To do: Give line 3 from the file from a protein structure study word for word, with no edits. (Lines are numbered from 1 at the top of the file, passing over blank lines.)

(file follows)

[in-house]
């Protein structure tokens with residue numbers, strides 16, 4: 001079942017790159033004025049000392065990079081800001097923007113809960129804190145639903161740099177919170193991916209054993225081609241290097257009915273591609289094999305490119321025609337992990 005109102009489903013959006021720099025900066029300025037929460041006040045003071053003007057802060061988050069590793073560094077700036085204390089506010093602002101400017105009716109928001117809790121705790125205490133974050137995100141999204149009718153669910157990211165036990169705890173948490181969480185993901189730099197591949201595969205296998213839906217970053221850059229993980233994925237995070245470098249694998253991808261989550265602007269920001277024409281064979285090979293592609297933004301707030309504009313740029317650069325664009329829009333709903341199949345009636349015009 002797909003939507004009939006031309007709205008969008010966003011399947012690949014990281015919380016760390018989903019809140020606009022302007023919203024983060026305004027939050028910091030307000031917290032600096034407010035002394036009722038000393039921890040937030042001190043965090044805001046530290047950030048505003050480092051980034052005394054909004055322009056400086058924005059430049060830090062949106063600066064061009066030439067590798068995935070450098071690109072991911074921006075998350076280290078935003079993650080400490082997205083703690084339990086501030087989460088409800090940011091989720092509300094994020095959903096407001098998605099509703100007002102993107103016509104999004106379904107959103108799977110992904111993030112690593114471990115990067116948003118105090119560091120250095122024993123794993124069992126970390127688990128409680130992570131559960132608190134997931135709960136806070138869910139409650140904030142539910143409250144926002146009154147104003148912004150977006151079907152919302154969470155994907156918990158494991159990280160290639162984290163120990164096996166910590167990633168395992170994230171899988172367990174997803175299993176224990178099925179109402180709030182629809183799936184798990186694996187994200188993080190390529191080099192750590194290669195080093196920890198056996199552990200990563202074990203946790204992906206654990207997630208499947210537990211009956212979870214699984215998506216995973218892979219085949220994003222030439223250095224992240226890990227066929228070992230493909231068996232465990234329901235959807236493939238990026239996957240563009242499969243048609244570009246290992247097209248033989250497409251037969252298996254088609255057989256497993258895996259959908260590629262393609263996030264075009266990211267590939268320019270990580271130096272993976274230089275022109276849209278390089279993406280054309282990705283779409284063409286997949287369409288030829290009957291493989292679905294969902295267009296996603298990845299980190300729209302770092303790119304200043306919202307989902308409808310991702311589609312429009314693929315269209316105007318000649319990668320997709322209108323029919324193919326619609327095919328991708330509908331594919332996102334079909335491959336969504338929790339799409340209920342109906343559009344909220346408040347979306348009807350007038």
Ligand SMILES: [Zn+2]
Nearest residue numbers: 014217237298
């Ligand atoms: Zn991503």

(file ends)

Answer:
Ligand SMILES: [Zn+2]